Background. Being bullied or bullying others is known to be associated with poor academic performance and mental disorders in youth and to have deleterious consequences later in life. Cyberbullying is facilitated by the use of social networking sites (SNS). Ambulatory monitoring techniques such as Ecological Momentary Assessment (EMA) are in a unique position to provide a better understanding of the immediate and bi-directional effects between SNS, bullying behavior and psychopathology.
Objectives. To combine epidemiology and ambulatory monitoring techniques in order to examine the interactions between (cyber) bullying, social media and mental health problems over time.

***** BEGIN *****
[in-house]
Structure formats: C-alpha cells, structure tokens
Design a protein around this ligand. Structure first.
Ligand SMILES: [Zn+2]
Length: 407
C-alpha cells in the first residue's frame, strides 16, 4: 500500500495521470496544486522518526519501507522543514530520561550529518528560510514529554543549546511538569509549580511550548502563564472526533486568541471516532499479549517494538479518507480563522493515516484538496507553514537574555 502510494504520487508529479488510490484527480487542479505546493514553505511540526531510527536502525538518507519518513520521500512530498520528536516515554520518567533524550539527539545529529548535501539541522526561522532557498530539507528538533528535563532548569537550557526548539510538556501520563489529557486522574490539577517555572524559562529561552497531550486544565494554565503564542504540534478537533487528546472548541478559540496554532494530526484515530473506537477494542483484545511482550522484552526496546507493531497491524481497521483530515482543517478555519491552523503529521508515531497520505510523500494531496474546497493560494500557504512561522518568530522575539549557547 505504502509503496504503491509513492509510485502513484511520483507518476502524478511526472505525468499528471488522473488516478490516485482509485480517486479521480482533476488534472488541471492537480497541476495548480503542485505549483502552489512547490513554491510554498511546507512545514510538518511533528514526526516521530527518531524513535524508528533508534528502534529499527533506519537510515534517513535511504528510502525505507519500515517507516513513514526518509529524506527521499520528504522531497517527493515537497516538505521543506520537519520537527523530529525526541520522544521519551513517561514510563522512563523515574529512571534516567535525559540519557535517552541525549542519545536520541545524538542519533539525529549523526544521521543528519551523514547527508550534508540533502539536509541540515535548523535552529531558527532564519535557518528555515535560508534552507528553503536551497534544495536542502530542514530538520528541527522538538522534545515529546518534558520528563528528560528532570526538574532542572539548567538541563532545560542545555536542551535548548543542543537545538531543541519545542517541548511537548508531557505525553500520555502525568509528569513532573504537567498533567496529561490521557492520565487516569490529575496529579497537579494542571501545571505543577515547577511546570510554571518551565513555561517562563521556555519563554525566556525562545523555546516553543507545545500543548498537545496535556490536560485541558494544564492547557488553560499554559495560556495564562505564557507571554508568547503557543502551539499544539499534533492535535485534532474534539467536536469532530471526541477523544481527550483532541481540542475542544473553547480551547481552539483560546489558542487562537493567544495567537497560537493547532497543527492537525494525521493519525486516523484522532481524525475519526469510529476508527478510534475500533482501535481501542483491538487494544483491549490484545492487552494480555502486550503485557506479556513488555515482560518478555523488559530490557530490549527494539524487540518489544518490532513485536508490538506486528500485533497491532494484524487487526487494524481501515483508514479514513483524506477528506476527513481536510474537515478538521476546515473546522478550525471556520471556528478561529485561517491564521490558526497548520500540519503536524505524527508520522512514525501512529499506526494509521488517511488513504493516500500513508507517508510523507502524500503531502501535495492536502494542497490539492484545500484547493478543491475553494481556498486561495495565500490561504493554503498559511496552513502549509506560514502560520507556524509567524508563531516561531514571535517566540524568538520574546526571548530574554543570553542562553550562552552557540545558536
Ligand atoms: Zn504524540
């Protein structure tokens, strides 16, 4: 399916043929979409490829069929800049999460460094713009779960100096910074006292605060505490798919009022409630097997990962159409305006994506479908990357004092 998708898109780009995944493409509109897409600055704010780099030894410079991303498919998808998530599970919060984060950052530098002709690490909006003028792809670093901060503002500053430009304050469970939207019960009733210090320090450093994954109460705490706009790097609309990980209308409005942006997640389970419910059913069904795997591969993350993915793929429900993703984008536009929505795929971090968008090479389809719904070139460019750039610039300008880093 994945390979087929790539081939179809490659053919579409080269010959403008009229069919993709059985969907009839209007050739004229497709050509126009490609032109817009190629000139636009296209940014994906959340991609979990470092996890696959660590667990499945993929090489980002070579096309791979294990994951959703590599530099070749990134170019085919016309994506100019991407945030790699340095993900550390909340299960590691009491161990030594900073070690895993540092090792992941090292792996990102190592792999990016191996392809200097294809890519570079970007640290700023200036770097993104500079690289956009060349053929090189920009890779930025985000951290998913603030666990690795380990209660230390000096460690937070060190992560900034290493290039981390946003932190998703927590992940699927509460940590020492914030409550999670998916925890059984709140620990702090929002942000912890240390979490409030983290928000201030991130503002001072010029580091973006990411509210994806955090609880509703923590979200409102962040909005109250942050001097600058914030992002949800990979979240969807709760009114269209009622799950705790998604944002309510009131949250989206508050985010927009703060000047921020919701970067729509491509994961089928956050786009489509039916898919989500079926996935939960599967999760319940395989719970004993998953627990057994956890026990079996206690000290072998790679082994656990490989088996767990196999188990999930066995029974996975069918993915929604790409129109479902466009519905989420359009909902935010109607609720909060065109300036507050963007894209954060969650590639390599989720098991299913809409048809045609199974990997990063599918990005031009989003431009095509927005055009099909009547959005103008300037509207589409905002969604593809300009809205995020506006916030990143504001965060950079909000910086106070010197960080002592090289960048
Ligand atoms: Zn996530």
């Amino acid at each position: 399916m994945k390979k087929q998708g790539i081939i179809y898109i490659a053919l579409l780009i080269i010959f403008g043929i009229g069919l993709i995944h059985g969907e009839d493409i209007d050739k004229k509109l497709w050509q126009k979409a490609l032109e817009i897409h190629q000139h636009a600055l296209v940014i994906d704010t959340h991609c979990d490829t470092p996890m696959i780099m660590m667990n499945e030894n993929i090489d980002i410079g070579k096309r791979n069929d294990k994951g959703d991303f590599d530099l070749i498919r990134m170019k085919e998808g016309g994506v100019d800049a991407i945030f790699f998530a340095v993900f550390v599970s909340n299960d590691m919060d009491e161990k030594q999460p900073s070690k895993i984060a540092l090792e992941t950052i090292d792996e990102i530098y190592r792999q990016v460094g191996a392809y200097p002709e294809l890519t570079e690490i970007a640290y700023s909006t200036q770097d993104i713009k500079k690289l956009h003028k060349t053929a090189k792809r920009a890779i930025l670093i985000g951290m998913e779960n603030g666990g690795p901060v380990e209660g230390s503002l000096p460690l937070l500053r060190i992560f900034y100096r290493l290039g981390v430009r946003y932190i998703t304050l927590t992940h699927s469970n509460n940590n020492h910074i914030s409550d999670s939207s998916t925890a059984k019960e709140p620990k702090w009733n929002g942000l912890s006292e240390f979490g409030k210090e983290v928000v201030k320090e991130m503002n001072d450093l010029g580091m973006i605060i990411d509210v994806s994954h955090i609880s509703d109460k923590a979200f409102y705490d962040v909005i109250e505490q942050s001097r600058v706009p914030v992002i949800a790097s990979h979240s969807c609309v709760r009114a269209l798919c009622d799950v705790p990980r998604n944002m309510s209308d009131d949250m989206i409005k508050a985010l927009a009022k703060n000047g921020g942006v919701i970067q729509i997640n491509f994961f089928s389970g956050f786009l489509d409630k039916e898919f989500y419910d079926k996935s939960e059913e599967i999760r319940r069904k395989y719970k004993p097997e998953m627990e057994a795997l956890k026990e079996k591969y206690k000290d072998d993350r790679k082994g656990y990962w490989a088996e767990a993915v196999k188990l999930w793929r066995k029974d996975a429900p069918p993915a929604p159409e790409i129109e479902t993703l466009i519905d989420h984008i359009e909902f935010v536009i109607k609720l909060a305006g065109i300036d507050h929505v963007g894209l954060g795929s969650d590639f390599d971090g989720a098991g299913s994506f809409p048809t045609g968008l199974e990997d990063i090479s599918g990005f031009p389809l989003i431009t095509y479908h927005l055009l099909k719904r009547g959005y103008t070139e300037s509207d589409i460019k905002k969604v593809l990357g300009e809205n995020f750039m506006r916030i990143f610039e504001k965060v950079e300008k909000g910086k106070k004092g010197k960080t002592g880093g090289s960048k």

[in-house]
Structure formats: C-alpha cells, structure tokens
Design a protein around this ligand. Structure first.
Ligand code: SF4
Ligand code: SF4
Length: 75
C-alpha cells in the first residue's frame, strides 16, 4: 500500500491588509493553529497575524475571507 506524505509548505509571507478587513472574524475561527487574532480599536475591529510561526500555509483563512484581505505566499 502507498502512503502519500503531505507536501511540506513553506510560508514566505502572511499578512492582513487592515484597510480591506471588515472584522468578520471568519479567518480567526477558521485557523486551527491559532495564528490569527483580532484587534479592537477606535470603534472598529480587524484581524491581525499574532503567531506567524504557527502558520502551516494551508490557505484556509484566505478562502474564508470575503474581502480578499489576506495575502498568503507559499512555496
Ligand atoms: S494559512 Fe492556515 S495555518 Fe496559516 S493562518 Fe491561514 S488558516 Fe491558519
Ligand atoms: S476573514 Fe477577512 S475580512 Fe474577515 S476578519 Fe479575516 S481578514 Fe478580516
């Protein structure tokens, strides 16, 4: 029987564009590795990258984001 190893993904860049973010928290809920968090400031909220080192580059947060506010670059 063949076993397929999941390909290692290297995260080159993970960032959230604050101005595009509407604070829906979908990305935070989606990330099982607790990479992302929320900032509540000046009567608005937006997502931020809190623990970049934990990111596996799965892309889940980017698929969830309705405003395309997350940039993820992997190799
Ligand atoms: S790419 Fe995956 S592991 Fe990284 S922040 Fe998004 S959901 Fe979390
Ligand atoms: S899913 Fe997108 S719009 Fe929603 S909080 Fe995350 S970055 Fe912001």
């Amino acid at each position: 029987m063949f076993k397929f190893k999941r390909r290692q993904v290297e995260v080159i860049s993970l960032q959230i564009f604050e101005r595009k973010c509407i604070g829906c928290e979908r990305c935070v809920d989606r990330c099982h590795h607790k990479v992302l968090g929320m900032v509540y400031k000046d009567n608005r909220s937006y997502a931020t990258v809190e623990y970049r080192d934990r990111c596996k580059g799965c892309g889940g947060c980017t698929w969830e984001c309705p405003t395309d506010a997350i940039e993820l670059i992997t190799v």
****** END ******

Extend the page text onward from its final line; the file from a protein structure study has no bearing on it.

Methods. We seek to follow 4,000 seven graders (French 5ème, average age: 12 years old) over a period of three years. The sampling strategy is designed to identify a sample of students who are representative of middle school students attending public schools in the Gironde region. School level data, parent reported data and adolescent reported data will be collected once a year. School-level data include school characteristics, school policy against (cyber)bullying, school record of bullying-related events, school policy in terms of cell phone and Internet use. Parent-reported data include sociodemographic characteristics, parental psychological distress, child’s history of chronic illness or traumatic events, access to Internet and social media, parent-reported child mental health, parent-awareness of bullying. Adolescent-level data includes child self-reported access to Internet and social media, child self-reported mental health, involvement in traditional and cyberbullying, and school-reported academic achievement. All of the participants who completed the baseline assessments will be invited to complete the follow-up assessments a year later, regardless of whether the child continued to 8th grade (4eme) or was held back in 7th grade (5eme). Each year, a subgroup (n=200) at varying risk for involvement in bullying will complete an EMA for two consecutive weeks with 3 assessments per day. At each assessment, the adolescent (n= 600, total) will be asked to report on positive and negative affect, energy, irritability, well-being, (cyber) bullying events, subsequent actions including whether they talked to someone about the event, retaliated or isolated from bullies. In addition, respondents will be asked about their use of SNS in the previous 4 hours. EMA data will be collected using smartphones that only serve to collect data, and do not allow the adolescent to either call, text, or use the Internet.